He’s felt the same darkness, the same loneliness, trudged along the same interminable road back.
But that’s only part of the reason why no one outside Sidney Crosby’s immediate family is happier to see the Pittsburgh Penguins captain on the ice than Boston Bruins centre Patrice Bergeron.
The 26-year-old Bergeron and 24-year-old Crosby are good friends and former Team Canada teammates, and Bergeron was among those who took it upon themselves to keep the NHL’s best player’s spirits up during his recovery from concussion.
“I think it helps to make you feel better, to be able to talk to guys who have gone through it. I spoke to Eric Lindros, Michel Goulet. I talked to a lot of players. Everyone’s experience is different but you can learn and receive advice,” Bergeron said before his Bruins took on the Montreal Canadiens at the Bell Centre here.
“When I went through it I kept the phone pretty far away, which is why I figured it was best to shoot a text once in a while to say I was there for him, and I wanted to support him.”
Bergeron knows what it’s like to sit out for the equivalent of an entire season waiting for the mists of concussion to clear, and he was prescient about his friend’s ability to return undiminished – Crosby had two goals and two assists Monday in the Pens’ 5-0 win over the New York Islanders.
“Everyone’s different. I’m sure he’s done all the right things to come back and feel 100 per cent. He’s a great player, a special player. You never know, I don’t think anyone should be hard on him if that happens, but he’s such a great player anything can happen,” he said.
Boston coach Claude Julien said it took Bergeron “at least half a season” to regain his timing and preconcussion comfort level, but since suffering concussions in 2007 and 2008, Bergeron has won an Olympic gold medal with Team Canada and helped lead his team to the Stanley Cup.
“I don’t know exactly how long, but it took me a while to get the timing and rhythm and all that stuff back,” he said. “You want to come back and be the same player and feel the same way you used to the year before. The game still goes on, you’re not involved, you’re not in it, and obviously you need to get back to it and feeling good about it.”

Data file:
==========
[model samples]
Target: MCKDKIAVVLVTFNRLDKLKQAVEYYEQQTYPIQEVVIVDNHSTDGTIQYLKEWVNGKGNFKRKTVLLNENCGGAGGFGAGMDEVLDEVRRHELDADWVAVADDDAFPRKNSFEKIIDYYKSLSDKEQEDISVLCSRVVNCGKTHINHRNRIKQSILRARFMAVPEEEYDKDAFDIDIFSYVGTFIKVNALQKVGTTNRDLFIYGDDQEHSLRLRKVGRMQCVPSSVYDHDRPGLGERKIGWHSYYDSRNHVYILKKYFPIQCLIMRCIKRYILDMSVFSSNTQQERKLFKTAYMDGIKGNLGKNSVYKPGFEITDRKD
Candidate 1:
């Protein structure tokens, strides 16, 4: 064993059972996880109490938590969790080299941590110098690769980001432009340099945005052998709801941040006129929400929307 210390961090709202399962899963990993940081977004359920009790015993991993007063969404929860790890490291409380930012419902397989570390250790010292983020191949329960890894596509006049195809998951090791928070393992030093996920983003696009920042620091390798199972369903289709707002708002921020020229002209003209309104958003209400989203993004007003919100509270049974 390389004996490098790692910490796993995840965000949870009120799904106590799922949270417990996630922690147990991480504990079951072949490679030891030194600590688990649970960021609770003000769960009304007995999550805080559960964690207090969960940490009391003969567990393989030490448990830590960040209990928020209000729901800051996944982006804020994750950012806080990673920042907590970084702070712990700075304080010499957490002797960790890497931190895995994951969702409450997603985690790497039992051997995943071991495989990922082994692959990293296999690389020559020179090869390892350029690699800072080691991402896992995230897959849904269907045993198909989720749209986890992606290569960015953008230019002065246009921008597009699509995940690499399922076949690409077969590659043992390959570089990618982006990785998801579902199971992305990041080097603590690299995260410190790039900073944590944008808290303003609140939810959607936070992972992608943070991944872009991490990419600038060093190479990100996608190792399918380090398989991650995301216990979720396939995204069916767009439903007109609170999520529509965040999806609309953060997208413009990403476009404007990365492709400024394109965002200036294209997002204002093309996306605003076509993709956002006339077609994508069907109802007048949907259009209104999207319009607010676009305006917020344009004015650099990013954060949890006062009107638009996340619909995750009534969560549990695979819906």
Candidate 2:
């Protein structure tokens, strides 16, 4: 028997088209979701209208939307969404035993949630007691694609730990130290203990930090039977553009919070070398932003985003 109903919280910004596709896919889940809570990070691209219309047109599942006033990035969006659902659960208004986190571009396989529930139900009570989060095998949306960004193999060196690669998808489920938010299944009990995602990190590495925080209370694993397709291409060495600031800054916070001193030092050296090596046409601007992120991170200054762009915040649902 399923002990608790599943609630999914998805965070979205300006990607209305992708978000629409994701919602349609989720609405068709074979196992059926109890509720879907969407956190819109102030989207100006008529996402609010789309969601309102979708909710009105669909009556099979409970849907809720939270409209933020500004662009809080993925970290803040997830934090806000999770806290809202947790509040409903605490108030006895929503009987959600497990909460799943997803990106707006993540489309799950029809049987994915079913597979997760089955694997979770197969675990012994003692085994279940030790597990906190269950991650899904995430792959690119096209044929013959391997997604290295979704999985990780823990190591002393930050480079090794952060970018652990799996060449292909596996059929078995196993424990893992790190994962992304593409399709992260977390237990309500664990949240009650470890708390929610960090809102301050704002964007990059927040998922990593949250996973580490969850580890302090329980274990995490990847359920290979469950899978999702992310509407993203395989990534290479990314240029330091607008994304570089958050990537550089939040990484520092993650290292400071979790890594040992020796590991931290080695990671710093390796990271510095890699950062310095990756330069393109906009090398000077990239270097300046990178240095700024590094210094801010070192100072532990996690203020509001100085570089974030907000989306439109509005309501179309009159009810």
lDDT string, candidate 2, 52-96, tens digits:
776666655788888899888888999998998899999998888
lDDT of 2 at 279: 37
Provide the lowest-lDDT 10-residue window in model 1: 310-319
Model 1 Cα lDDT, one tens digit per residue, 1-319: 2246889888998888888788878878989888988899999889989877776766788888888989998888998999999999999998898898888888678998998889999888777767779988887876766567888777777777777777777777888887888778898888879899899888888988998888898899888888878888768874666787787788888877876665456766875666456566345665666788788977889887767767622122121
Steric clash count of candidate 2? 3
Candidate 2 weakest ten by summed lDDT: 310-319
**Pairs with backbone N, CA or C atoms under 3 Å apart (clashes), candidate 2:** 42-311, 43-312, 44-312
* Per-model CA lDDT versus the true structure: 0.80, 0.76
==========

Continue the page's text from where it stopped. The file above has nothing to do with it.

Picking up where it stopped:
Bergeron didn’t figure in the scoring on Monday as the Bruins extended their win streak to nine games by beating the Canadiens 1-0. Tim Thomas earned his third shutout of the year. Andrew Ference’s first-period wrist shot past Carey Price’s outstretched glove stood as the winner as the Habs squandered multiple chances including a four-minute penalty to former Canadiens forward Benoît Pouliot.
But few would argue that the Game 7 hero from the Stanley Cup final last season isn’t one of Boston’s most influential and inspirational forwards.
He and Crosby may have met for mostly alphabetical reasons – they roomed together at Canada’s world junior team camp in 2004 – but in the intervening years Crosby and Bergeron forged their friendship on a couple of gold medal winning teams.
The Bruins forward also mistakenly ended up with the most famous hockey glove in Canadian Olympic history in his bag after the Vancouver 2010 Games – having occupied the stall next to Crosby in the Team Canada dressing room, one of the gloves he wore while scoring the golden goal was mistakenly shipped to Boston.
Bergeron also knows whereof he speaks when it comes to concussions.
A year after he and Crosby played together for Canada at the 2006 world championships, as linemates, Bergeron was crunched into the boards from behind in Philadelphia by Randy Jones of the Flyers.
It was 362 days before he suited up again. And two months into the 2008-09 season, he collided with Florida Panthers defenceman Dennis Seidenberg – the two are now teammates – and was concussed again.
“Frustration is the biggest thing, you’ve got to be patient and try to be positive in the whole process,” Bergeron said.
If the Bruins are able to count on Bergeron, they haven’t been as lucky with one of his teammates.
Centre Marc Savard played just 25 games last season before suffering a concussion, and his career is likely over – for every player that recovers, several more don’t emerge.
“It’s been a while since we heard from him,” Bergeron said.